In mid-July, on Johnson & Johnson’s second-quarter earnings call for 2015, Group Worldwide Chairman Sandi Peterson outlined some of the critical IT initiatives that would help the $74 billion company compete — and win — in the rapidly evolving world of digital healthcare.
Included in her remarks was a simple statement: “We are at a tipping point where technology is becoming the medium through which healthcare can become a more effective and efficient system.”
That might be an understatement, given the drastic changes we’ve seen in recent years. But for CIOs in the healthcare ecosystem, it’s a clear nod to one of their best opportunities to drive change and create new value for their businesses. Leading that charge for J&J is Stuart McGuigan, who has built one of the most impressive IT leadership resumes of his generation.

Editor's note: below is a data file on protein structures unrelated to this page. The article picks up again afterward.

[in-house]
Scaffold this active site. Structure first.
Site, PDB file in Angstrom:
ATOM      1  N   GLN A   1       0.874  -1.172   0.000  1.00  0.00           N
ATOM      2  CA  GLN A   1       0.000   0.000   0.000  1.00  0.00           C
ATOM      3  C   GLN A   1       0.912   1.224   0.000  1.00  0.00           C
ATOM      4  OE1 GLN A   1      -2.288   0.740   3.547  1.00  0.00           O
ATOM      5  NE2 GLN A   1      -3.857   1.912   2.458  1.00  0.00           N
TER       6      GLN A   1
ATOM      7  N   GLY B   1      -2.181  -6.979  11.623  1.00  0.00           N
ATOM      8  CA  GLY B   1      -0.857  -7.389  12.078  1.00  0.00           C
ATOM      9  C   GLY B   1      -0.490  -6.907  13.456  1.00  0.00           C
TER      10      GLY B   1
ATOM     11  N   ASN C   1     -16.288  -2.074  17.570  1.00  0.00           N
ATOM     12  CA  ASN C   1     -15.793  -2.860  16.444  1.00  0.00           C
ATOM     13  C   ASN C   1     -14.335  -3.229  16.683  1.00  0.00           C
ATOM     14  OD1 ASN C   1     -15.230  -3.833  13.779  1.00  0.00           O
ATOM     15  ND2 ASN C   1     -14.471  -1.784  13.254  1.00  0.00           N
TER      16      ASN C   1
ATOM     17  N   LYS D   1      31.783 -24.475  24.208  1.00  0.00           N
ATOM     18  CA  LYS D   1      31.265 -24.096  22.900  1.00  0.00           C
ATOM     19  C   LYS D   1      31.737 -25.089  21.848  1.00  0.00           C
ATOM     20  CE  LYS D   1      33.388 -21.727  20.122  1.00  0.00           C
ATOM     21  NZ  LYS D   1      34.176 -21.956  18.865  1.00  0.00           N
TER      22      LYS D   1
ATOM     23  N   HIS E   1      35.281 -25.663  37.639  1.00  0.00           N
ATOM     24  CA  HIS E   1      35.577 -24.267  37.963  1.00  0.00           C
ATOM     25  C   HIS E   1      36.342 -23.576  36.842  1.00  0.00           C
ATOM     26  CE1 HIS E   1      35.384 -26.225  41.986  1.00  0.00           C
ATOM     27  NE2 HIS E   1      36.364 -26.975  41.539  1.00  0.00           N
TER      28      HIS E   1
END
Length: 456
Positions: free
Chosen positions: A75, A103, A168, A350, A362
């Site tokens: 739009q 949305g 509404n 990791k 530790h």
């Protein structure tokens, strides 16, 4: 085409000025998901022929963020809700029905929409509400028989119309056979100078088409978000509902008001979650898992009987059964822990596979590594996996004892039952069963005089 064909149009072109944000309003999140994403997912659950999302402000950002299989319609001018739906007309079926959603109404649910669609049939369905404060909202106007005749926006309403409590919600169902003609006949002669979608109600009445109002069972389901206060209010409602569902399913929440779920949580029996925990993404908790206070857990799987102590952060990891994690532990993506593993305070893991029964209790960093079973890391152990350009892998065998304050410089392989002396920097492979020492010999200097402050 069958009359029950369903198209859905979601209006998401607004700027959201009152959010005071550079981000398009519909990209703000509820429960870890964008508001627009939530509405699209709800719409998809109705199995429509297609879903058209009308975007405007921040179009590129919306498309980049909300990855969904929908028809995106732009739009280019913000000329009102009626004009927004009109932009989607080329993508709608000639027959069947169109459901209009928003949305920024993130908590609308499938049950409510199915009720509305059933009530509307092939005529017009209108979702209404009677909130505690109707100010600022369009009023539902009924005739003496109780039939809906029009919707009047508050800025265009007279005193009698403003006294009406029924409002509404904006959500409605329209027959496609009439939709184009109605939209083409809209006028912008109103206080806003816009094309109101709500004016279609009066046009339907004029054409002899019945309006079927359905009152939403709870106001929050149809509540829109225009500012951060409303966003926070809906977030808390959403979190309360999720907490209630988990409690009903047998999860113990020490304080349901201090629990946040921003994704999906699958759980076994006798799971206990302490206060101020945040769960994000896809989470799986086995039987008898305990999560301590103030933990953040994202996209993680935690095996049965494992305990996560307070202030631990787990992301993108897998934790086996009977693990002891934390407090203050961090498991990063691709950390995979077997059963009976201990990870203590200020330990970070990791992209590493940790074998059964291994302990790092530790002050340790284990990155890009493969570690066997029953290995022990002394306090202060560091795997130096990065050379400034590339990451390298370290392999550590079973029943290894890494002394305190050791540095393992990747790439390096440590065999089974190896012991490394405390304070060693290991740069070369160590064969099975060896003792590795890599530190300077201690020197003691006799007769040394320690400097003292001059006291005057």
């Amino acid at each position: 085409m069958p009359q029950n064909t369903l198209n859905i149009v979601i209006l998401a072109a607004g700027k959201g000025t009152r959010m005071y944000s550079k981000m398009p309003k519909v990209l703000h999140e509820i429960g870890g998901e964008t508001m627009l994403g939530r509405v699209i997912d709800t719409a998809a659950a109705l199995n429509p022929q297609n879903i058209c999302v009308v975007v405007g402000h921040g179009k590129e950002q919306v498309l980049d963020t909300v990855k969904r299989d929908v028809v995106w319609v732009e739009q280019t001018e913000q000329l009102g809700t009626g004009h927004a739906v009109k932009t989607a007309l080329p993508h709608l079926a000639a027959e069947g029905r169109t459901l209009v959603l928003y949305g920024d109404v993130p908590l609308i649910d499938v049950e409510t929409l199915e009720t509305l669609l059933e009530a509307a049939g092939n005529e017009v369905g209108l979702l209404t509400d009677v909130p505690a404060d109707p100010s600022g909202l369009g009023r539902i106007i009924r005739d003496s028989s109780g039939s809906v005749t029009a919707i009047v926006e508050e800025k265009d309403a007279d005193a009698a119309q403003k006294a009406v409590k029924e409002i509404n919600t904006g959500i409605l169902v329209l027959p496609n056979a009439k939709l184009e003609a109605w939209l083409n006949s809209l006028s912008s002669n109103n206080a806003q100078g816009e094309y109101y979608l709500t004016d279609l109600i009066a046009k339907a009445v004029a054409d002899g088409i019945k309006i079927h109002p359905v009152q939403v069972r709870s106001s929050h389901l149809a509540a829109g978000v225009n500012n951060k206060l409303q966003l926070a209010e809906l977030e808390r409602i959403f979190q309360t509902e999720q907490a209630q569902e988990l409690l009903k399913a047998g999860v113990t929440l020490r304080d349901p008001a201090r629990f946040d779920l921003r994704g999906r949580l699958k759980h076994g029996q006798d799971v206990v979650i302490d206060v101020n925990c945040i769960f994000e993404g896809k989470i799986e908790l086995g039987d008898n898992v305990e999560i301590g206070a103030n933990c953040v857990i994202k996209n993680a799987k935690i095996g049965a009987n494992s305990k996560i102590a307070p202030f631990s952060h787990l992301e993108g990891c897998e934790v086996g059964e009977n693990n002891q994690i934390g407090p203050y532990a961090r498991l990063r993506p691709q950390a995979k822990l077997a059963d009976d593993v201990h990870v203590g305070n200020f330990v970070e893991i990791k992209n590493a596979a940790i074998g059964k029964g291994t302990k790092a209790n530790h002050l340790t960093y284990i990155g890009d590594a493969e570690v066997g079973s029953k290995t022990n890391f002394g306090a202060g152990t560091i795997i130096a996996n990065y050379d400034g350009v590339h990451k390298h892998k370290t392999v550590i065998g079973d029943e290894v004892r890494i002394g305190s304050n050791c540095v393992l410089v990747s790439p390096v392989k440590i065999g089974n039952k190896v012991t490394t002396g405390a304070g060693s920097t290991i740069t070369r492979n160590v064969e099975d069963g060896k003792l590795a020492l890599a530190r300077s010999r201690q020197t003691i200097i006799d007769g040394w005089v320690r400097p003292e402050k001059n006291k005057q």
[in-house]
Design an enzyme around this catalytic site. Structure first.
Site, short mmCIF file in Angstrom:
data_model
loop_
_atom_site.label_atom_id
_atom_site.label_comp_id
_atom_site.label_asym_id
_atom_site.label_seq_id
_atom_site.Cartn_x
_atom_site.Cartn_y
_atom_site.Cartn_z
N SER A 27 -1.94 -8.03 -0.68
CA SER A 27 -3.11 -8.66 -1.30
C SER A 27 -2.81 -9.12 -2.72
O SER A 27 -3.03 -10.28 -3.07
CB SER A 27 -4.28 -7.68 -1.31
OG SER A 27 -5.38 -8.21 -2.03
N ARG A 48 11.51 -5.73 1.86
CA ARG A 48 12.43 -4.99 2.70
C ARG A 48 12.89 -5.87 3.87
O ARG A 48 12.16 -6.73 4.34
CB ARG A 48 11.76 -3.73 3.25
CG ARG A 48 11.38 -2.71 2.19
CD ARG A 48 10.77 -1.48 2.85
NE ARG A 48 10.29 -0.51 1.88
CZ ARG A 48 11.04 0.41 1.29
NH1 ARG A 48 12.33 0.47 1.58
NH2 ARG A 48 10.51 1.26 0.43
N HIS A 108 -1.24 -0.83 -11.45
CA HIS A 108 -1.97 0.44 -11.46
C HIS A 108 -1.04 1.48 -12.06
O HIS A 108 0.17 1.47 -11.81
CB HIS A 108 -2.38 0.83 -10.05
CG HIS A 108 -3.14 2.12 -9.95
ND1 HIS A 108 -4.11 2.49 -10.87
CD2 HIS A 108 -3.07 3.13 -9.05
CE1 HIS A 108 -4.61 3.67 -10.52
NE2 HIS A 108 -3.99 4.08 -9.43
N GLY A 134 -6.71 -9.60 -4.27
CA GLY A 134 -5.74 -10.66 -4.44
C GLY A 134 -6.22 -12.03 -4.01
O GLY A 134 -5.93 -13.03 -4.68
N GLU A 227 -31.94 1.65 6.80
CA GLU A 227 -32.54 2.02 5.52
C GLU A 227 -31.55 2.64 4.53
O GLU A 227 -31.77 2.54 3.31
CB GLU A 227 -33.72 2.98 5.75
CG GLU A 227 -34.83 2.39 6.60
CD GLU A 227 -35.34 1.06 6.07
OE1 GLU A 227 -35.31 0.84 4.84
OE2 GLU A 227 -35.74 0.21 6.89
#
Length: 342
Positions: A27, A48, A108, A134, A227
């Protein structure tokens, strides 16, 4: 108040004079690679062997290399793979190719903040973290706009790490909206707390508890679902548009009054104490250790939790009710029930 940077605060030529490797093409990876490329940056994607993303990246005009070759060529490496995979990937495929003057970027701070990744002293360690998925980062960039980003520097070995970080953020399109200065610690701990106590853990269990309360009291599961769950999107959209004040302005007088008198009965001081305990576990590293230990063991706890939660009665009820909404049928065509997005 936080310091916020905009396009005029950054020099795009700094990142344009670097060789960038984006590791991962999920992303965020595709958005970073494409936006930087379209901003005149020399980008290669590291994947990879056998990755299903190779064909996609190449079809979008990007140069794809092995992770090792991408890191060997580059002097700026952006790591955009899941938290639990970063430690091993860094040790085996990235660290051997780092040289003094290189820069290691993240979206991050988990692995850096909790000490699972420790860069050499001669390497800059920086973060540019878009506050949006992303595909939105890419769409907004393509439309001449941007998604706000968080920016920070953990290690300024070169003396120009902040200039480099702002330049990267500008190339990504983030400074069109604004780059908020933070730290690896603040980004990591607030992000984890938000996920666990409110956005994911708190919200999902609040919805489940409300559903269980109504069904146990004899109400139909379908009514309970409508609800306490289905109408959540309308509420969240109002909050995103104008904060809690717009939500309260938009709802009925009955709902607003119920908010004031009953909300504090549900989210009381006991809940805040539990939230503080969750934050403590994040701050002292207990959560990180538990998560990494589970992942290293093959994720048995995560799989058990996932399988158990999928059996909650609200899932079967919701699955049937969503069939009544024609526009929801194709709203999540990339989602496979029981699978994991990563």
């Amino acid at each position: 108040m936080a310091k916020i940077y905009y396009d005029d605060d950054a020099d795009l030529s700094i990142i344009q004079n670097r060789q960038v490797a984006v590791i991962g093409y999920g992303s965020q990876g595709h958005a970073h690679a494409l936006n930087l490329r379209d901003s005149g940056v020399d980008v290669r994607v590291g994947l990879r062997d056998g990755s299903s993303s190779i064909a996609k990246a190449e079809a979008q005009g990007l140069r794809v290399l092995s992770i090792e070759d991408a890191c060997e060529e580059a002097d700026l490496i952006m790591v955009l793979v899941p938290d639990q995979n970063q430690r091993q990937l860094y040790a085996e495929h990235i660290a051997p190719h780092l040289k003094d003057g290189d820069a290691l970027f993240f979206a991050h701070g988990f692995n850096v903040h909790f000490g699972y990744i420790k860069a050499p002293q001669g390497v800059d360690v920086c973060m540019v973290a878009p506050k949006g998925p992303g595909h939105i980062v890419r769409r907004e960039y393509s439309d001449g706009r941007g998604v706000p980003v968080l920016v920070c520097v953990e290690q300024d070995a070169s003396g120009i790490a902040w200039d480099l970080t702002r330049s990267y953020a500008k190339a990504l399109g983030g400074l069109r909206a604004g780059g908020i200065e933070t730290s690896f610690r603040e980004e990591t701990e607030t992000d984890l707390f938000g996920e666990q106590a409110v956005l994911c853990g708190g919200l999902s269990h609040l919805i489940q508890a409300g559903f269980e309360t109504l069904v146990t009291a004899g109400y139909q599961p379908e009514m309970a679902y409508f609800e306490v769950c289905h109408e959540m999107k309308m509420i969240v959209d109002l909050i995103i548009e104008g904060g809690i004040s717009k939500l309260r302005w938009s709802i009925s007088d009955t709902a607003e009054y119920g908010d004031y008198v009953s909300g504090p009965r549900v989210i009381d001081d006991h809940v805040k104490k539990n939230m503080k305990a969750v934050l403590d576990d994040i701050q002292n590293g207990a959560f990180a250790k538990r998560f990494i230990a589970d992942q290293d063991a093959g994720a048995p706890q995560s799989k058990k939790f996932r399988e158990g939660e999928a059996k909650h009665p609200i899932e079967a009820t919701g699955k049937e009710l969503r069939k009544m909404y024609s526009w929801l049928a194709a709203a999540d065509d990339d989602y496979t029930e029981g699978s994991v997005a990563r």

“We need to be well-prepared for the increasingly digital world of health technology, internally, and that’s helped us double down on our efforts to digitize, move to cloud, to more rapidly adopt Agile frameworks, and to heighten our sense of urgency in developing world-class IT capabilities,” McGuigan told us in a recent interview.
We’ve spoken with several acclaimed CIOs about the drastic changes technology is bringing about in many industries (including healthcare). And we chronicled some astounding stories of transformation in our book, Confessions of a Successful CIO.